Guyana appears before the International Court of Justice this morning (8 AM local time) to make its case on the issue of the Court’s jurisdiction to hear the Guyana vs Venezuela border matter.
Guyana’s Agent to the Court, Foreign Secretary Carl Greenidge is upbeat about Guyana’s case and in a statement last evening he said Guyana has long valued the opportunity of a judicial settlement of “Venezuela’s outrageous claim to nearly three-quarters of Guyana”.
Mr. Greenidge explained that today’s hearing is for the sole purpose of addressing the question of the Court’s jurisdiction, that is, whether the Court has the authority to resolve the dispute between Guyana and Venezuela over the validity of the boundary between the two States which he reminded has been permanently fixed since 1899.
The issue was referred to the International Court of Justice by the United Nations Secretary General.
Guyana’s position is that the Court has jurisdiction to rule on the validity and permanence of that boundary while Venezuela claims the Court does not have jurisdiction.
Venezuela has opted to stay away from the Court proceedings, but the Court will still move ahead with the case and listen to Guyana’s arguments on the issue of jurisdiction.
Mr. Greenidge said he believes the ICJ will rule in Guyana’s favour and thereby clear the way for the case to move to its next step, which will be to decide on the 1899 award that established the boundary.
“Guyana anticipates that the Court will issue its decision on the jurisdictional question before the end of the year. Should it rule in Guyana’s favour, as we expect, it will then proceed to the next phase of the case, and ultimately decide the question that Guyana has put before it: whether the 1899 boundary that separates the two States, is a lawful and permanent boundary, such that the Essequibo region is confirmed as an integral part of Guyana’s territory for all time. Guyana will continue to do everything in its power to achieve that result, and is confident that the final outcome will be what all Guyanese wish for”, Mr. Greenidge said.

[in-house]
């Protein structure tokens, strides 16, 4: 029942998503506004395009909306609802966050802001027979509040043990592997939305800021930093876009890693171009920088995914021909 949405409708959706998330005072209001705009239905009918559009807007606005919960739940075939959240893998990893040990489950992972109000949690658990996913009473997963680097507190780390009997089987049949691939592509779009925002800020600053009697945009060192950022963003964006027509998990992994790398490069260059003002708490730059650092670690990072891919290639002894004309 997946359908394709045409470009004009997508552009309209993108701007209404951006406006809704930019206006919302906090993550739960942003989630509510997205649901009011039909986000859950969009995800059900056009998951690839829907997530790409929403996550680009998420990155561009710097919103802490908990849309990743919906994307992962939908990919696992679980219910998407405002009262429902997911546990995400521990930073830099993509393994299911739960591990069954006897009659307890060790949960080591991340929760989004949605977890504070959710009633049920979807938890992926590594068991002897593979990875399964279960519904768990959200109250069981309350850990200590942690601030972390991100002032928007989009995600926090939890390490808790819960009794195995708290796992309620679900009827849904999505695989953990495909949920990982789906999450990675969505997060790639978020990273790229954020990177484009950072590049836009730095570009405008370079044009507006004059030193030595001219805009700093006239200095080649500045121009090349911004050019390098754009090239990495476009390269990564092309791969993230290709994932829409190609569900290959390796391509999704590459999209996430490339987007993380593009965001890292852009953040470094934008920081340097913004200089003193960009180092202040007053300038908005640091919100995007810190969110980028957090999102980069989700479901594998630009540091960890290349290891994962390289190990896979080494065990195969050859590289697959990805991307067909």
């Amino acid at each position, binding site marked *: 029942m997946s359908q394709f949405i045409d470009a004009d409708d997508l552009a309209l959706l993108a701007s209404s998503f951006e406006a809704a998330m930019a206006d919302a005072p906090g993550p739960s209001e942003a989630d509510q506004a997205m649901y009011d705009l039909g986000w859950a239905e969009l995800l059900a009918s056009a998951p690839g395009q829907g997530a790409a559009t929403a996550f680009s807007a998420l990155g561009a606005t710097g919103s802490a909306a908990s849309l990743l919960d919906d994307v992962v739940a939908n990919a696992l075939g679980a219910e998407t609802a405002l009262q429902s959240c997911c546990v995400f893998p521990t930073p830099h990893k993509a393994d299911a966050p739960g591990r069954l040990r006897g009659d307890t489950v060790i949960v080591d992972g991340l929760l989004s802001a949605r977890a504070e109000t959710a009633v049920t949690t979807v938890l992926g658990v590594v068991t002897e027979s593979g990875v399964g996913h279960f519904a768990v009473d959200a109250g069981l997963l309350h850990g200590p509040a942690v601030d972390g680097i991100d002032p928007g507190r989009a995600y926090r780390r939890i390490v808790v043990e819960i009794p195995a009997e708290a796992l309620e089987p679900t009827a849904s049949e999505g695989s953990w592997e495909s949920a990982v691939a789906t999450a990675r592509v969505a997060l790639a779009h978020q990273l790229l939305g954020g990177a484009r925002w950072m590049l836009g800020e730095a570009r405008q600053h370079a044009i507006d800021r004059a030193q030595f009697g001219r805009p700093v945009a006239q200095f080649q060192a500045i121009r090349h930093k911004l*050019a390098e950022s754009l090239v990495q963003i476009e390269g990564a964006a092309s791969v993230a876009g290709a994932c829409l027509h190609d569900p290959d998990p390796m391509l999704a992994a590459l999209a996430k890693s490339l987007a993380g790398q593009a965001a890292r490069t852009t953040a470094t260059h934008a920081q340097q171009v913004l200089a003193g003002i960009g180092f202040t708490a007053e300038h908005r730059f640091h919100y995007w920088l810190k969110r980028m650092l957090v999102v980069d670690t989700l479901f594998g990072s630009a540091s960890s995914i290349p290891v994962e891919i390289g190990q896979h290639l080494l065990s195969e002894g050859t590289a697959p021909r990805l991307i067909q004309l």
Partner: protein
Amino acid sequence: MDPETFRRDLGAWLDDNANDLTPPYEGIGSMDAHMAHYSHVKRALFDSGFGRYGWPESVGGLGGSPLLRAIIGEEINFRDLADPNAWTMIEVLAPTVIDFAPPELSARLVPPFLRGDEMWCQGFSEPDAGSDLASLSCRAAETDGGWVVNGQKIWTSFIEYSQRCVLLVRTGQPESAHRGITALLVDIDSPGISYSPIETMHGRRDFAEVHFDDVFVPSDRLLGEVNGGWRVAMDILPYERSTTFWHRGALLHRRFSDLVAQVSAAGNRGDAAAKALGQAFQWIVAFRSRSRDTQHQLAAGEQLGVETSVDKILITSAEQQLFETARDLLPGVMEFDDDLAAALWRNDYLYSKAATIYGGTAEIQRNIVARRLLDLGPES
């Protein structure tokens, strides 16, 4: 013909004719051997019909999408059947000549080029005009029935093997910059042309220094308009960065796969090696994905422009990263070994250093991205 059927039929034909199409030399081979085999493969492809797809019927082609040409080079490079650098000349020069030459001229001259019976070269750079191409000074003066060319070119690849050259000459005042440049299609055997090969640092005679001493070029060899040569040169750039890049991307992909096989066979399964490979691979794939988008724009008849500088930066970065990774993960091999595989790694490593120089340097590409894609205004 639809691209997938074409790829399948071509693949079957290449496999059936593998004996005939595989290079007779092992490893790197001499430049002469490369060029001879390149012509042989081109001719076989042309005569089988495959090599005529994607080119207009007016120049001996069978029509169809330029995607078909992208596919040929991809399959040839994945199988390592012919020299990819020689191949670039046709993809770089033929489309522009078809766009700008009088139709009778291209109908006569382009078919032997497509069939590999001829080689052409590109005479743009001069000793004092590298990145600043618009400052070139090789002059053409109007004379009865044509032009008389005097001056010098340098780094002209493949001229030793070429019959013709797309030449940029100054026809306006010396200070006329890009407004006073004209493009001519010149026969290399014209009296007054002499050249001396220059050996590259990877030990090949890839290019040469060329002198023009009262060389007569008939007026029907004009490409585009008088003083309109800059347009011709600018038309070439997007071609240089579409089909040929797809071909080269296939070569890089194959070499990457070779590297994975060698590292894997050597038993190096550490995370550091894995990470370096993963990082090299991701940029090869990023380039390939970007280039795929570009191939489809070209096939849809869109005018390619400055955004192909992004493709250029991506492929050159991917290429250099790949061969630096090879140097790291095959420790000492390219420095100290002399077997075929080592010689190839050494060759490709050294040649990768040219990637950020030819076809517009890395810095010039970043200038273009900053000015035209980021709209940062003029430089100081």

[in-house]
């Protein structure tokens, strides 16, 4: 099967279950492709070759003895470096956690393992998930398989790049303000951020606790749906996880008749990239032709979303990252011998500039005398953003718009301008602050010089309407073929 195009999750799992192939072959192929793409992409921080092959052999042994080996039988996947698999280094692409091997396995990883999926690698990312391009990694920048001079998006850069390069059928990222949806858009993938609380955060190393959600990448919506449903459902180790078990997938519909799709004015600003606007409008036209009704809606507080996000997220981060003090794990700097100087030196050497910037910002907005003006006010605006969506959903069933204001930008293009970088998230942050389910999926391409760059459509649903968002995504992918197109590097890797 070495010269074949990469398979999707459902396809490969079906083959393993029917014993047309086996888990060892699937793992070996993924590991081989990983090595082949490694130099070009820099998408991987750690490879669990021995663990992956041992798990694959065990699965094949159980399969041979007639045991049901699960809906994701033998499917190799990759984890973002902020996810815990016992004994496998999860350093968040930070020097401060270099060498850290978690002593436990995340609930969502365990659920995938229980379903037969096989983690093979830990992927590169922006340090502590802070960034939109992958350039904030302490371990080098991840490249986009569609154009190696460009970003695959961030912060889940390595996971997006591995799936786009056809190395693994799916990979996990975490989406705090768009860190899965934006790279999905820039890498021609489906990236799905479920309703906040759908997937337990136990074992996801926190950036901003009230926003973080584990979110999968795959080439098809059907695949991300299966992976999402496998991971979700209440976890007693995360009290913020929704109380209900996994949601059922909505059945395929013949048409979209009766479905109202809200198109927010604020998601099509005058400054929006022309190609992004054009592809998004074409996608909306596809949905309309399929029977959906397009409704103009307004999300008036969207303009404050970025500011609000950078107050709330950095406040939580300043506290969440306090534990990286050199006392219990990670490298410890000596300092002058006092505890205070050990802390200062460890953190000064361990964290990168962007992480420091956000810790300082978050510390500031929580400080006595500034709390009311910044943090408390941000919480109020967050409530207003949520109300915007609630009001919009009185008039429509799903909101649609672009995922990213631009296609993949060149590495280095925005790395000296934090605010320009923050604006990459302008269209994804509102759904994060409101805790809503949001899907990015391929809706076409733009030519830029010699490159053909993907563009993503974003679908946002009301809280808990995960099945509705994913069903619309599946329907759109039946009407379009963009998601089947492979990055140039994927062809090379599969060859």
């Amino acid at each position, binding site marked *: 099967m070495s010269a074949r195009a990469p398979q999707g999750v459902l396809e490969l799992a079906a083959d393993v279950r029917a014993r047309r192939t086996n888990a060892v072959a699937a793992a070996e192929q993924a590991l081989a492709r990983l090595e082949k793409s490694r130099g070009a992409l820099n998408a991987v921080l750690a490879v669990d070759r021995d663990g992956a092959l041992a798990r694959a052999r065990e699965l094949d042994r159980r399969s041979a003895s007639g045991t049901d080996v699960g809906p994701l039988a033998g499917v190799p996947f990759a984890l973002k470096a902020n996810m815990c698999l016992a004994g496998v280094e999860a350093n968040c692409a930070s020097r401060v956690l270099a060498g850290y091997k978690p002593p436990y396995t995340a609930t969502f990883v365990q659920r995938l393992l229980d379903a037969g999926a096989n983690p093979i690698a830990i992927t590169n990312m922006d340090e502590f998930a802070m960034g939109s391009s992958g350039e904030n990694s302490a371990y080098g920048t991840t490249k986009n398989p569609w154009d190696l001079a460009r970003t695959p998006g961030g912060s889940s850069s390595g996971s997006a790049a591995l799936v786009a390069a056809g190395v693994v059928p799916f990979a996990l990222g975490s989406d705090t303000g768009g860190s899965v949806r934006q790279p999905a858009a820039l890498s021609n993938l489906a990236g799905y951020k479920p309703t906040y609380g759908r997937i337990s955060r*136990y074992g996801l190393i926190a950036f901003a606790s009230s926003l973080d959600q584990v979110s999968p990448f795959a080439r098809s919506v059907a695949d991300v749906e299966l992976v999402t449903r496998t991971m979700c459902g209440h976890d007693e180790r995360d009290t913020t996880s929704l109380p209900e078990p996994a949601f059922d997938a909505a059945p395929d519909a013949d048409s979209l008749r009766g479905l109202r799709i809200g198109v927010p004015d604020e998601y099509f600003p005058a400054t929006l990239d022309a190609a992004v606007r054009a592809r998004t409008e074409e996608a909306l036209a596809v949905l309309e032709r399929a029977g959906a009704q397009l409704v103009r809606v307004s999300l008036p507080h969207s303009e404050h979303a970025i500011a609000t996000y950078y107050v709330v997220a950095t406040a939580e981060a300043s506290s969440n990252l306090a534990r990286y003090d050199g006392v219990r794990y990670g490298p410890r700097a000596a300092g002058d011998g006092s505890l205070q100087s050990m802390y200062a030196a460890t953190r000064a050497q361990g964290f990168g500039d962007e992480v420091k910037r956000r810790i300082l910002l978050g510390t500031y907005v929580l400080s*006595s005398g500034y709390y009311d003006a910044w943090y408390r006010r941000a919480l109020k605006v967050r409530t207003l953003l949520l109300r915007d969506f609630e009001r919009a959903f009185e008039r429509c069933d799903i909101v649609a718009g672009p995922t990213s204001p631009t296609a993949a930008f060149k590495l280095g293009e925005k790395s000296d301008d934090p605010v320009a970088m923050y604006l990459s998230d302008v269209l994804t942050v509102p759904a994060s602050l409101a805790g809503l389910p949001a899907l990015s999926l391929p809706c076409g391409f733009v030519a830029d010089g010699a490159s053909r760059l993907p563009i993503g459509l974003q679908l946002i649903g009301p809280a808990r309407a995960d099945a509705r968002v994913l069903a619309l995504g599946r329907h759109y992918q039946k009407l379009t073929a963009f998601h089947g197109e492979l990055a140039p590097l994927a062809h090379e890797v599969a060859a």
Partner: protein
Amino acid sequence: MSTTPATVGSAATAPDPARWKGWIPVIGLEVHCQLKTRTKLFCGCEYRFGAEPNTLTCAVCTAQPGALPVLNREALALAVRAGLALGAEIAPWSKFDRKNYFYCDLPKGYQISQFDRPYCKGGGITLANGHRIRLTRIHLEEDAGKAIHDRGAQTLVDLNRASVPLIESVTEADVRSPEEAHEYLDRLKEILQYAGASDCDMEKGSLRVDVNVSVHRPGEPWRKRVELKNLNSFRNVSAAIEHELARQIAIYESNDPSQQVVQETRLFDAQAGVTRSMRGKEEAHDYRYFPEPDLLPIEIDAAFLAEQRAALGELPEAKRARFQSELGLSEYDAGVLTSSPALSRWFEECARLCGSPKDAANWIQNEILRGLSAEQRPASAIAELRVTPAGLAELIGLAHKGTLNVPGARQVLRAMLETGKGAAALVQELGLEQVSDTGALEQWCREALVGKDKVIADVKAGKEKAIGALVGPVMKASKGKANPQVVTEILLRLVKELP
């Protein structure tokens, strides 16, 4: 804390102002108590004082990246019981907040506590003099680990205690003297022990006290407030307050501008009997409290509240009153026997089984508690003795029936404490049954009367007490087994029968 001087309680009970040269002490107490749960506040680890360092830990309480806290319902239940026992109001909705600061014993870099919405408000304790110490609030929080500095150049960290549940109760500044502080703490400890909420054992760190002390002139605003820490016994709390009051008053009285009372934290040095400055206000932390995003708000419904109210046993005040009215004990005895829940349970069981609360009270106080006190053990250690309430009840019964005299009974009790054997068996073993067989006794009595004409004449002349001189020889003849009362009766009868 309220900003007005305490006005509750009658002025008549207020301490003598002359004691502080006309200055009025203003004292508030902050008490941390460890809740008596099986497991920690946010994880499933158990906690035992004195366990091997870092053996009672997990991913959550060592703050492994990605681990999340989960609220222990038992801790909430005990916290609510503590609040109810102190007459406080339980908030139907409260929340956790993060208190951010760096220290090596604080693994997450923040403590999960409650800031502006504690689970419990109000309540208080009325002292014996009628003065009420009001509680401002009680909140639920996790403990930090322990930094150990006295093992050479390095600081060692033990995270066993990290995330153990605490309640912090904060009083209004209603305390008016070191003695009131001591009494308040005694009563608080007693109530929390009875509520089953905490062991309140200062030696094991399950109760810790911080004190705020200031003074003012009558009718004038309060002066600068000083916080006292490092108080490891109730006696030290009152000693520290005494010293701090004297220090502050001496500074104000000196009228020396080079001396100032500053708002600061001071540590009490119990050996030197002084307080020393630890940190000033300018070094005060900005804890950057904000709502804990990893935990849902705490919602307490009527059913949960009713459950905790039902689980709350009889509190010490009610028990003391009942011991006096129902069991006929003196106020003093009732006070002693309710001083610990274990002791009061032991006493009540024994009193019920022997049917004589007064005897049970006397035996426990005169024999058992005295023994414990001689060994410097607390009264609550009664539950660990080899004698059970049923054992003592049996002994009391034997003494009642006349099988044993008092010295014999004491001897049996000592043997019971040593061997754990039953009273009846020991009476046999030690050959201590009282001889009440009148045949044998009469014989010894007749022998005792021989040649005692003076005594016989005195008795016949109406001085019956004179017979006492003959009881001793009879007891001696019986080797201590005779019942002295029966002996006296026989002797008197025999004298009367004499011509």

Guyana is seeking to obtain a final and binding judgment from the Court that the 1899 Arbitral Award, which established the location of the land boundary between then-British Guiana and Venezuela, remains valid and binding, and that Guyana’s Essequibo region belongs to Guyana, and not Venezuela.
Under the United Nations Charter and the Court’s own rules, its final judgments both on jurisdiction and the merits will be legally binding on Guyana and Venezuela, whether or not Venezuela participates in the proceedings.